Solar Oregon’s Annual Meeting on December 1st was a look back at a challenging but successful year for our nonprofit, and for the clean energy movement. You can watch the recording — including a keynote address on the Solar Dominance Hypothesis from world-renowned sustainable development leader Hunter Lovins — here. Read on for the full story!
In February of this year, Solar Oregon was gearing up for a spring and summer packed full of solar tours, place-based Solarize campaigns, and clean energy workshops. More specifically, these were tours, campaigns, and workshops planned to be held in libraries, crowded bars, people’s homes, and intimate winery tasting rooms. Food sharing, hand shaking, face-to-face interactions, the occasional sneeze — it’s the magic that makes Solar Oregon happen, and it’s these hallmarks of real community that drive clean energy adoption.
So, when in March the whole world froze and it became a public health imperative that people stay away from one another, things looked dire for Solar Oregon indeed. With anti-social behavior going viral, the economy also tanked, leaving nonprofits with rapidly desiccating streams of income. In the face of these significant challenges posed by COVID-19, Solar Oregon has managed to innovate to meet the times. We end 2020 with a larger team, exciting programs on the horizon to serve new audiences, and some powerful new virtual tools in our educational toolbox.
Our first innovation was transitioning our workshops entirely to the Zoom webinar platform. Starting in March, we have delivered 17 webinars, with an average live attendance of 50 and a total of 2156 views afterward on YouTube.
Webinars work for panel discussions and Basics of Solar workshops, but how do you have a virtual tour? Well, Solar Oregon now knows! Our two biggest annual events are our Solar Winery Tour fundraiser and our Go Zero Tour featuring zero energy homes. Typically we’re loading a hundred people onto eco-buses and heading out to wine country to tour solar and sip Pinot in May, and then walking/biking to zero energy homes and crowding into living rooms in October. With neither of these options available, we ventured fearlessly into the uncharted waters of large virtual tours. After several months of logistical problem-solving, what was the result? Nearly fifty happy campers tasted wine in their own living rooms from three of Oregon’s top wineries, helping to fund the educational programming that we offer year-round. In October, we hosted a state-wide virtual Go Zero Tour, with eight zero energy homes that our audience members could explore through two live tour webinars and a multimedia tour website. Make sure to check out the website, which endures as a high-quality educational tool:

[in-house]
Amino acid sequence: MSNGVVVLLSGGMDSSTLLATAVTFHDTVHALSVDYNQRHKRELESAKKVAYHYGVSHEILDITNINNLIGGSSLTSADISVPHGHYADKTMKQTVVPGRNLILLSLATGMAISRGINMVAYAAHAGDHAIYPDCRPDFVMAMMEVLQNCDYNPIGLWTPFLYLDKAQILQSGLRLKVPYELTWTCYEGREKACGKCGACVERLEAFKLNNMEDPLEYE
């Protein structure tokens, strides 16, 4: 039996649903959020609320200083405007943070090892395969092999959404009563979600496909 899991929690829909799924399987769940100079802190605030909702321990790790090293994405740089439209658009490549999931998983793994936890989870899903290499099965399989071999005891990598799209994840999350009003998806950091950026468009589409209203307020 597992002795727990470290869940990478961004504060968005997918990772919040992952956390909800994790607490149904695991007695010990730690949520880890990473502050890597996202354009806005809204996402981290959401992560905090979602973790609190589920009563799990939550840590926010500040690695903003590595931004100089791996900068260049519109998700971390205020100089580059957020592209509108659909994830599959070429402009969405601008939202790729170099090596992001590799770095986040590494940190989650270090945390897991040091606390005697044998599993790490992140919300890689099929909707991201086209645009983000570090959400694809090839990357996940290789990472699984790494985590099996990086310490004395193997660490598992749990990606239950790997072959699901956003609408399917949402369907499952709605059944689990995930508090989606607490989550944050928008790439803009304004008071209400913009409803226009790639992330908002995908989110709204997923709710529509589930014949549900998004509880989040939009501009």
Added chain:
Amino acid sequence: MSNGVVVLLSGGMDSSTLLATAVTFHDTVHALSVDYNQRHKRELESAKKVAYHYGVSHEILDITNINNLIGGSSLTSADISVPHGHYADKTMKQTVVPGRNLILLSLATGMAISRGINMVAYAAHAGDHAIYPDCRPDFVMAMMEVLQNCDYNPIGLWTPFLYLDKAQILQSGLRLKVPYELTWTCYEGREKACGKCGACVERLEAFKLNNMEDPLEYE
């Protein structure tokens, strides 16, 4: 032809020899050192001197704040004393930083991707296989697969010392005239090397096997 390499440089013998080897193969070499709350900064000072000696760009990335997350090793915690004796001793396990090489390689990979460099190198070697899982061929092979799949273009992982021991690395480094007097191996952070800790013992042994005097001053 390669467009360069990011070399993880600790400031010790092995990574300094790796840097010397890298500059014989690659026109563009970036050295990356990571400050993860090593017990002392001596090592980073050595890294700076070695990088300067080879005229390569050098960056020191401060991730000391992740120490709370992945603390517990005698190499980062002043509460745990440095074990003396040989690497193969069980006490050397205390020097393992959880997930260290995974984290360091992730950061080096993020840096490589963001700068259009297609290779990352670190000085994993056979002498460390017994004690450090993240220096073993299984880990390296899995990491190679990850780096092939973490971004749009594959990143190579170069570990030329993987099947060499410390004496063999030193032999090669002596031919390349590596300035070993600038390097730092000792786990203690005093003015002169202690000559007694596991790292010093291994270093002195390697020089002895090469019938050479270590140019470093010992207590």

Go Zero Tour
Solar Oregon's virtual Go Zero Tour is a multi-media exploration of eight zero energy homes across the state. Equip…
In September, Solar Oregon welcomed Pramodh Jacob and Kate Ayres to our nonprofit family as Americorps members. Even in their first few months they have achieved great things, and we are thrilled to have them. Kate, originally from Monmouth, OR, is helping to lead Solar Oregon’s rural and agricultural solar programs. In 2021 she’ll be leading a Solar Agricultural Tour, developing our rural peer-to-peer energy education program, and delivering Basics of Solar webinars across the state. Pramodh came to Solar Oregon from Virginia, and is helping to lead our communications and Basics of Solar programs.
With the strains on our energy system evident from planned power shutoffs during this unprecedented fire season and the clean energy transformation rapidly accelerating, Solar Oregon’s programming is needed more than ever in 2021. In the early part of the year we will be delivering virtual Solarize campaigns in Hood River County, Milwuakie, and Hillsboro. We’ll be making connections that drive the adoption of clean energy through a reinvented and reinvigorated Peer-to-Peer education program. We‘ll be increasing our programming for rural communities who are hardest hit by fire and unstable electrical service. We’ll be educating on Oregon’s newly implemented Community Solar Program, and pursuing innovative Solarize campaigns to meet community energy needs across the state. And beyond all of this we’ll be looking forward to our two large solar tours in the late summer and fall, which we hope to host in person once the COVID health crisis no-longer presents a danger to our community.
We wish all Oregonians well during these difficult times, and we look forward to continuing our clean energy journey together. If you are interested in supporting Solar Oregon’s educational programs, please consider donating or becoming a member.